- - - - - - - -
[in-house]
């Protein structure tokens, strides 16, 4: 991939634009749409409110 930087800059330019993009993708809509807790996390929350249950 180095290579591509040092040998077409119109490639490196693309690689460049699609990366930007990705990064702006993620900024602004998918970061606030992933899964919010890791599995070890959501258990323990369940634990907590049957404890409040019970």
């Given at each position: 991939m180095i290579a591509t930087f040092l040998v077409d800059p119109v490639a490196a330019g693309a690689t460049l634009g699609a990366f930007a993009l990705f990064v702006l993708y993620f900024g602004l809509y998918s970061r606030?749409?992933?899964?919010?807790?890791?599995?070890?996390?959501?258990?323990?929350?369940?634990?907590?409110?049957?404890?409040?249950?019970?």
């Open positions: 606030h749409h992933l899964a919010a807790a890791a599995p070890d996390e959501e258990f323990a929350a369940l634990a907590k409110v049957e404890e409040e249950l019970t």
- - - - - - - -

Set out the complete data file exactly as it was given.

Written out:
[in-house]
């Protein structure tokens, strides 16, 4: 991939634009749409409110 930087800059330019993009993708809509807790996390929350249950 180095290579591509040092040998077409119109490639490196693309690689460049699609990366930007990705990064702006993620900024602004998918970061606030992933899964919010890791599995070890959501258990323990369940634990907590049957404890409040019970």
């Given at each position: 991939m180095i290579a591509t930087f040092l040998v077409d800059p119109v490639a490196a330019g693309a690689t460049l634009g699609a990366f930007a993009l990705f990064v702006l993708y993620f900024g602004l809509y998918s970061r606030?749409?992933?899964?919010?807790?890791?599995?070890?996390?959501?258990?323990?929350?369940?634990?907590?409110?049957?404890?409040?249950?019970?």
């Open positions: 606030h749409h992933l899964a919010a807790a890791a599995p070890d996390e959501e258990f323990a929350a369940l634990a907590k409110v049957e404890e409040e249950l019970t």